Report: Amazon Offers Ultra-Cheap Shipping in France, Circumventing No Free Shipping Law

Amazon is now offering French customers one centime ($0.014) shipping on purchased books, according to a report from English-language French website France24.

Last year, France passed what some called an “anti-Amazon” law, disallowing much discounting on books as well as free shipping on books, which some see as another form of discounting. The law went into effect this week.

Amazon has reportedly responded by offering ultra-cheap shipping, which doesn’t technically violate the law.

France24 quoted part of Amazon France’s FAQ page:

“We are unfortunately no longer allowed to offer free deliveries for book orders…. We have therefore fixed delivery costs at one centime per order containing books and dispatched by Amazon to systematically guarantee the lowest price for your book orders.”

While the French government claims the law isn’t aimed solely at Amazon, it did single out the retailer in its discourse around the issue. It also claimed the move is meant to protect France’s network of small bookshops.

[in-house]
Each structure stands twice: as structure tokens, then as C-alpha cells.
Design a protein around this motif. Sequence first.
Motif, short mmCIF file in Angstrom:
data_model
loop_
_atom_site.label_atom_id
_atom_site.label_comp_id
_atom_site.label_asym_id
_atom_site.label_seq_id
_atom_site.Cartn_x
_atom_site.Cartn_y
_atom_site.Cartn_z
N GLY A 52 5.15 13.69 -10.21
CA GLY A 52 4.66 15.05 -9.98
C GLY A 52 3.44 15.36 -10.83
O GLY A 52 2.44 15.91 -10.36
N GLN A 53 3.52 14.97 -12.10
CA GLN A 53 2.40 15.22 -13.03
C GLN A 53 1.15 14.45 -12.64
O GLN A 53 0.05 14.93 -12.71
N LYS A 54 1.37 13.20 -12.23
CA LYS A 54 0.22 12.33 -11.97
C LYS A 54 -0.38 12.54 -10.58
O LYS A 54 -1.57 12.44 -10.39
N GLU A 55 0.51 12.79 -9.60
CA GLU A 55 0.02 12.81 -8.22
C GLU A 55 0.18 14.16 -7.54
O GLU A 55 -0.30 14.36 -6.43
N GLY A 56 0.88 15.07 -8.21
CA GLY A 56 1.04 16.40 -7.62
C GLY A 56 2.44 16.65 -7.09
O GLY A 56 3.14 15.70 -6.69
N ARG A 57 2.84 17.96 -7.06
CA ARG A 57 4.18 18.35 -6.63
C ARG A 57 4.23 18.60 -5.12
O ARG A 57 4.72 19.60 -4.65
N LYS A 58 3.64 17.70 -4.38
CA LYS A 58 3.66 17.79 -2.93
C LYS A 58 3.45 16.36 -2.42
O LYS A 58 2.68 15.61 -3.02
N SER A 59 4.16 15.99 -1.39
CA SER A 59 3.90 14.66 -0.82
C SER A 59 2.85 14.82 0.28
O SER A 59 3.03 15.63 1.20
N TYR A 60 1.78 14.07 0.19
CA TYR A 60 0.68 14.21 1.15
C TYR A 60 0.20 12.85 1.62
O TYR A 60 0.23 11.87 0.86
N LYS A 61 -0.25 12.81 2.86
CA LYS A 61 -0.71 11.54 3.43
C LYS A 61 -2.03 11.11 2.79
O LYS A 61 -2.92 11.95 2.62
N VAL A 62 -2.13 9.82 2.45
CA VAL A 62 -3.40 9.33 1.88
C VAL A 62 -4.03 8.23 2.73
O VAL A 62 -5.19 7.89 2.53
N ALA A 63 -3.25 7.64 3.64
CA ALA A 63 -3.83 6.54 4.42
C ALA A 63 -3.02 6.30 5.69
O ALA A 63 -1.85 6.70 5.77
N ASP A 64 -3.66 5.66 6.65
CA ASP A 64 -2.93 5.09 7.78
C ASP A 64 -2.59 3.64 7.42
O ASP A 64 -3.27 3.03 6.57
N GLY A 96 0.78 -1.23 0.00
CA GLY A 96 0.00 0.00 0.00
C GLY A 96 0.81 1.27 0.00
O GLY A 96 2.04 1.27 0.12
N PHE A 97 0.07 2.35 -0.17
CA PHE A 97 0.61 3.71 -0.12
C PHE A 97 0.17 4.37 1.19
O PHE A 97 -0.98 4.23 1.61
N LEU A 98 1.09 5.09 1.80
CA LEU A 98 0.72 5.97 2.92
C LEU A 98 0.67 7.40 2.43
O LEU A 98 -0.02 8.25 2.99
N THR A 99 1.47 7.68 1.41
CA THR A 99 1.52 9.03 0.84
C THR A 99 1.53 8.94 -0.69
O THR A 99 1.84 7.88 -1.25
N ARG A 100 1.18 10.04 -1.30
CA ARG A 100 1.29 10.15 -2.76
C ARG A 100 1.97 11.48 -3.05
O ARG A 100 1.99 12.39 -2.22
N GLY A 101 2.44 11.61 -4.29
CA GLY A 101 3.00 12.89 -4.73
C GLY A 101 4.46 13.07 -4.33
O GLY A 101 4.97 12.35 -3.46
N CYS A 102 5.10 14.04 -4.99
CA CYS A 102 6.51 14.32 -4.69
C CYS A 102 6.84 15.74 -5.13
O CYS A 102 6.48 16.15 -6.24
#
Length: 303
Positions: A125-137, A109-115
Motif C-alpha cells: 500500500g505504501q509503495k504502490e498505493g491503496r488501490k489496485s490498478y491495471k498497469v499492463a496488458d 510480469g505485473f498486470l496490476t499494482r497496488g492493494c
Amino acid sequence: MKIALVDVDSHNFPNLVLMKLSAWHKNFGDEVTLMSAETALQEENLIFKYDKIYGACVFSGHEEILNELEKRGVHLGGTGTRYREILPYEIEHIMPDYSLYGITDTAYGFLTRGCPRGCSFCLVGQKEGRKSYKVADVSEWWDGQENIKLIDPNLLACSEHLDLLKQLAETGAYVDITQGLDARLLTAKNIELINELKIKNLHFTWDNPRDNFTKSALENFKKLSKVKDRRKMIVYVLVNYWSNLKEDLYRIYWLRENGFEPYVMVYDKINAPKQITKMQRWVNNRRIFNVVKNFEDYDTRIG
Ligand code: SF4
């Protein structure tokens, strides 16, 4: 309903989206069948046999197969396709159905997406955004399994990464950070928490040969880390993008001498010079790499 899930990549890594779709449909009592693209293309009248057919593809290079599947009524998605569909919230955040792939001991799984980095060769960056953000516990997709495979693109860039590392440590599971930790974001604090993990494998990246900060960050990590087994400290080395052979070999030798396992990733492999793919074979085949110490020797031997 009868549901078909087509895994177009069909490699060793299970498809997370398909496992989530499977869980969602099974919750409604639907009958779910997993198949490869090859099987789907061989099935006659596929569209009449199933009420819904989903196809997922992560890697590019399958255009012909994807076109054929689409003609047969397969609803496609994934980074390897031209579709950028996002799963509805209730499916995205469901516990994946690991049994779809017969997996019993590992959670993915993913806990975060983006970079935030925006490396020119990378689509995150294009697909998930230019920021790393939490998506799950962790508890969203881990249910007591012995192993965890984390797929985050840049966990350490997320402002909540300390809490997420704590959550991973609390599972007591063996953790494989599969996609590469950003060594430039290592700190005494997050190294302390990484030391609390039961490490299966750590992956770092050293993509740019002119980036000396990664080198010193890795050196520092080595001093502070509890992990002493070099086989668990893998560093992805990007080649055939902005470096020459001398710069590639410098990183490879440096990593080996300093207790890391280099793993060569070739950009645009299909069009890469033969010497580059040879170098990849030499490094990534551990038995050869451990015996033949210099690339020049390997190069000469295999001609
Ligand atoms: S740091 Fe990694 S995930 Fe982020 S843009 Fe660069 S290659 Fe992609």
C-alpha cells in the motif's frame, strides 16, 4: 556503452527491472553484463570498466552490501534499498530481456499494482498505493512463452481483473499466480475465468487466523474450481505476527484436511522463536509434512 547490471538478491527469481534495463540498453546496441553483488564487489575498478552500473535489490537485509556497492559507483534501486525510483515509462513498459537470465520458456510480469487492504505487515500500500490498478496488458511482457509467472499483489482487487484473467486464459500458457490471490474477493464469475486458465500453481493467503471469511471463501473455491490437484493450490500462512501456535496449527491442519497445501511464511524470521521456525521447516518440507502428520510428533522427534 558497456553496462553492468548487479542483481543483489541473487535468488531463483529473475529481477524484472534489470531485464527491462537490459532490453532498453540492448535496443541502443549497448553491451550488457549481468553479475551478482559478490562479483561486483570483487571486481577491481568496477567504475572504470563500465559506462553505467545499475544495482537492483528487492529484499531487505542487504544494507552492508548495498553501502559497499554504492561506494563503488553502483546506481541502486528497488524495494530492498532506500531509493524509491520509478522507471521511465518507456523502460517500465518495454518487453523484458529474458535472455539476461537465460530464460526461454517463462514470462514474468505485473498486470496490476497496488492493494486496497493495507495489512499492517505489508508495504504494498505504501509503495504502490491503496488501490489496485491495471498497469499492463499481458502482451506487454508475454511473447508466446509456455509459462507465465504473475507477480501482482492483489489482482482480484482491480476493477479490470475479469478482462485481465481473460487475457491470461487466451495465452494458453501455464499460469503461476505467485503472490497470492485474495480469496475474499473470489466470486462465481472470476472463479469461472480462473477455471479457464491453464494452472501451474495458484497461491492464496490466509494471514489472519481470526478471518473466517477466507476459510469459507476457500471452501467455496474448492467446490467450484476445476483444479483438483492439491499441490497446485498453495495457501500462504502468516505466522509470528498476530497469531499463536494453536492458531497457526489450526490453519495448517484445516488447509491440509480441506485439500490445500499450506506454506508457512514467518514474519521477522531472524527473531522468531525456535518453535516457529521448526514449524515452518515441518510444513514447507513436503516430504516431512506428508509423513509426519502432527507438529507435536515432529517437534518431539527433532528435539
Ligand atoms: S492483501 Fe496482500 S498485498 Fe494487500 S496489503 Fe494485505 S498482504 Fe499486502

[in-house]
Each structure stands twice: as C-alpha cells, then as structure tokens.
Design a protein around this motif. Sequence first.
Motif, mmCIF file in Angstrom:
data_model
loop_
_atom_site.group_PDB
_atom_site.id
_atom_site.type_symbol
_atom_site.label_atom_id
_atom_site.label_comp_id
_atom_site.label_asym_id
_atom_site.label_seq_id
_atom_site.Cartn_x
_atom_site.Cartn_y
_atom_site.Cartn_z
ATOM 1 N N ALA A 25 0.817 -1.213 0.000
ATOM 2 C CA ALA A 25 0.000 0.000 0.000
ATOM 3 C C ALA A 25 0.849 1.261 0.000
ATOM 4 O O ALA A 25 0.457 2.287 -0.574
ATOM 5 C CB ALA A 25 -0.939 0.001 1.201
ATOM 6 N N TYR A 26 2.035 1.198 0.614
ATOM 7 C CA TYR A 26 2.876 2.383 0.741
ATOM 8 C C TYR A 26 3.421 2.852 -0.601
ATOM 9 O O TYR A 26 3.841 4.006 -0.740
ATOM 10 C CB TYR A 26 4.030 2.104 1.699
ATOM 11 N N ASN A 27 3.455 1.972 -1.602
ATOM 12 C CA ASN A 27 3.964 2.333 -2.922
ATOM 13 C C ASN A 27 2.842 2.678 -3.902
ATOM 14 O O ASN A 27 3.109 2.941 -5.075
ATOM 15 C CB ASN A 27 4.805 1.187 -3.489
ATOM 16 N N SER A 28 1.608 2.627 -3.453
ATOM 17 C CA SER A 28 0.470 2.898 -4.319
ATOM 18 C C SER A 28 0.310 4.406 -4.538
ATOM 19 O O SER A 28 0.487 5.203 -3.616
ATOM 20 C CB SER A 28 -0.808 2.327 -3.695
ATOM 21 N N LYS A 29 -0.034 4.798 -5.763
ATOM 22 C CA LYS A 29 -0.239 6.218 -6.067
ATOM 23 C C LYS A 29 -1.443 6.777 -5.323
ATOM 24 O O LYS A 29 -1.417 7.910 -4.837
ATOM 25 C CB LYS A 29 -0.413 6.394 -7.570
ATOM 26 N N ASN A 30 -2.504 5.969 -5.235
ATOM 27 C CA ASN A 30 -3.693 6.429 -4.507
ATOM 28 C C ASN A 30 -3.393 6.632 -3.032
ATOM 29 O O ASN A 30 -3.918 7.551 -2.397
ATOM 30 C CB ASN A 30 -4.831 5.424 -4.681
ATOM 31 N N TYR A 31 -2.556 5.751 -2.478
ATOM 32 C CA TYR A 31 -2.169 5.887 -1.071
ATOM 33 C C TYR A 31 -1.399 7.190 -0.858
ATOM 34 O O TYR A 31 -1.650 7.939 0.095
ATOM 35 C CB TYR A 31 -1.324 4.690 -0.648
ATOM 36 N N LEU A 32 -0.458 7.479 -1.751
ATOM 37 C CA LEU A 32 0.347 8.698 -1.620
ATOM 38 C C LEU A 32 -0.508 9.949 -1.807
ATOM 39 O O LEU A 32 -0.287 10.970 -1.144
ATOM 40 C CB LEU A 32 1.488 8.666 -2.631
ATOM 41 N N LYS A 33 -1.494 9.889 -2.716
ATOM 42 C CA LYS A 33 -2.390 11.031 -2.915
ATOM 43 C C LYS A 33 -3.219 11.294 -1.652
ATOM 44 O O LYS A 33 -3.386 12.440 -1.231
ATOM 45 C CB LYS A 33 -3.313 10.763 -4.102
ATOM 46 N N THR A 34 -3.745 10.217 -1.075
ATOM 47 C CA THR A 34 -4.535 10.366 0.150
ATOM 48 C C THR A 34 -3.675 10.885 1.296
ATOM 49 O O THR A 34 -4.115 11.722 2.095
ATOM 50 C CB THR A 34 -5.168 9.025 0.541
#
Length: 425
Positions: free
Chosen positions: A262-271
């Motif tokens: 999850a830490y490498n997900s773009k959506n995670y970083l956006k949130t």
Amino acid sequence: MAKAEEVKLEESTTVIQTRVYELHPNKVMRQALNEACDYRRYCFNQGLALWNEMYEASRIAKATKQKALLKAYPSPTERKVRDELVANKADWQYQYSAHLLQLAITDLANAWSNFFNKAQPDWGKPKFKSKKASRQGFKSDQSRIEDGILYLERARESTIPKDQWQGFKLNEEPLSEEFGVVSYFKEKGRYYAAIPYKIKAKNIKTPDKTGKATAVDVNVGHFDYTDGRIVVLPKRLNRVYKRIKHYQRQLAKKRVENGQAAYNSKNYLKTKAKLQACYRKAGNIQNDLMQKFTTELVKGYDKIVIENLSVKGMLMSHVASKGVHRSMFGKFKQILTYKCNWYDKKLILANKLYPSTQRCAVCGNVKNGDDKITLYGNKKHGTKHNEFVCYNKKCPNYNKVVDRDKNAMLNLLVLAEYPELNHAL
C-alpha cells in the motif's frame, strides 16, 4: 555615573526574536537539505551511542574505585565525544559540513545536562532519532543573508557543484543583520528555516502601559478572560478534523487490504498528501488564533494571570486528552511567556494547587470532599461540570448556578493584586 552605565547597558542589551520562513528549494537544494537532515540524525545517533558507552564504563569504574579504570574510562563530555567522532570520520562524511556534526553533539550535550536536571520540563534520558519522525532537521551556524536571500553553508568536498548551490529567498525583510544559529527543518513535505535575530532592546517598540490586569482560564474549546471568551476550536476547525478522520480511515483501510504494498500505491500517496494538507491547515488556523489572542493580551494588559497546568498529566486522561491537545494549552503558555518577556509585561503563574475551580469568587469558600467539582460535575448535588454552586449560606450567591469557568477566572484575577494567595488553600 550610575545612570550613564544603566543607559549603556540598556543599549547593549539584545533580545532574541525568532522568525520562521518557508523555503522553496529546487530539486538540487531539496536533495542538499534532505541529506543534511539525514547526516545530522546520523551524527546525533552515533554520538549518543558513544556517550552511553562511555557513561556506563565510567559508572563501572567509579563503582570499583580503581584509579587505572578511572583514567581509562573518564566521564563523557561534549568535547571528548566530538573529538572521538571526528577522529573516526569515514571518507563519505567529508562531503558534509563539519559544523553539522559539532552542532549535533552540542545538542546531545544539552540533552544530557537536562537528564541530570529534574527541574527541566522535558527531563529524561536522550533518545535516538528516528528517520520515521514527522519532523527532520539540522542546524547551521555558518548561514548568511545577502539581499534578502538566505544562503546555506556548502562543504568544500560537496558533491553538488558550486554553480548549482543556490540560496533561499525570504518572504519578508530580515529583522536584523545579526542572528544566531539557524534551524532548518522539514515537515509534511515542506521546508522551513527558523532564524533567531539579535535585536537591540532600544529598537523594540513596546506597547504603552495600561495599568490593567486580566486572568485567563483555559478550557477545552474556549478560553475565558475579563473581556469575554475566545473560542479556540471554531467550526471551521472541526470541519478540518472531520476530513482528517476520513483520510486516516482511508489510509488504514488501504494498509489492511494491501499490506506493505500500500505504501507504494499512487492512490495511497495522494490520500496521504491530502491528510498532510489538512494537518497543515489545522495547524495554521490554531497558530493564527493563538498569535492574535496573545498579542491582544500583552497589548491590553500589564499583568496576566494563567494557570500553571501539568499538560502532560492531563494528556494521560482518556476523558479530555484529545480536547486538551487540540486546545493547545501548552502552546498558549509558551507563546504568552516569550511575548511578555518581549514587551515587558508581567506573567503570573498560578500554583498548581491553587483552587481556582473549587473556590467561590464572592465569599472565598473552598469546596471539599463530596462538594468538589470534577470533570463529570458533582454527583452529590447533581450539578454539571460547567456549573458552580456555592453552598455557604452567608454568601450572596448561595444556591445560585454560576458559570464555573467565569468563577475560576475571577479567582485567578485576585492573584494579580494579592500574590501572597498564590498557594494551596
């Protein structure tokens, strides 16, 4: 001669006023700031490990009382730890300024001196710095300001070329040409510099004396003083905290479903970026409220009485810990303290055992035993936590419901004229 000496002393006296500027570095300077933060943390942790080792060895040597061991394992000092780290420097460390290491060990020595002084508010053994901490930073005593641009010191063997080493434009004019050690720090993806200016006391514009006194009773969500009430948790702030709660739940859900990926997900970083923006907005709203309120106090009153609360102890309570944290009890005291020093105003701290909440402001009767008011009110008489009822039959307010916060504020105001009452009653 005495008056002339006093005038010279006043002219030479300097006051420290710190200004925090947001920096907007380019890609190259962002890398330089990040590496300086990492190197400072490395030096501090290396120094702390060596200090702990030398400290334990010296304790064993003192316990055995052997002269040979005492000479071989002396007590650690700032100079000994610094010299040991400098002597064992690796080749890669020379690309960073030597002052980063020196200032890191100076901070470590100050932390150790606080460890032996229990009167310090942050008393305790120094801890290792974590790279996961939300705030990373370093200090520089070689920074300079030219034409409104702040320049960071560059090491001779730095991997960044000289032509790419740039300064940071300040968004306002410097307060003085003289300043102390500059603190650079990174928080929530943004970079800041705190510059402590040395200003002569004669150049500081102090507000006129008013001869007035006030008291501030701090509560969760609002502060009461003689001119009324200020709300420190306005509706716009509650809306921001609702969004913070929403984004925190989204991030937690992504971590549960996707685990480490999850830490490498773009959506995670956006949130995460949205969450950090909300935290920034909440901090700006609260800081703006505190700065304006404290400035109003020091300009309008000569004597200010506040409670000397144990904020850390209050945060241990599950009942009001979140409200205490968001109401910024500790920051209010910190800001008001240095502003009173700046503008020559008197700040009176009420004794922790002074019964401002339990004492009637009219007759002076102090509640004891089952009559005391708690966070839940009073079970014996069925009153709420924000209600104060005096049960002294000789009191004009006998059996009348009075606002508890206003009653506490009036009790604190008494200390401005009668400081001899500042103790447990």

One thought on “Report: Amazon Offers Ultra-Cheap Shipping in France, Circumventing No Free Shipping Law

  1. Michael W. Perry

    Politicians amaze me, whether French or American. They often do things that are of mind-boggling stupidity, as here. Amazon’s evasion should have been obvious to anyone who read the legislation. A good law would have required that retailers pass along all shipping costs.

    I suspect there’s a spin to politics, particularly the politics of large, highly regulatory government, as in France. People with good sense stay out of government, knowing just how poorly a meddlesome government works. It’s the fools, the idiots, and those who confuse symbolism with good sense who find politics attractive. They know so little, they don’t even know how stupid they are.

    There are a host of arguments for limited government, but one of the most pervasive is that big, intrusive government disproportionately attracts into politics and the bureaucracies those who think they can run a nation’s economies from their distant offices. The result is disaster often accompanied by the silliness we see in this French legislation.

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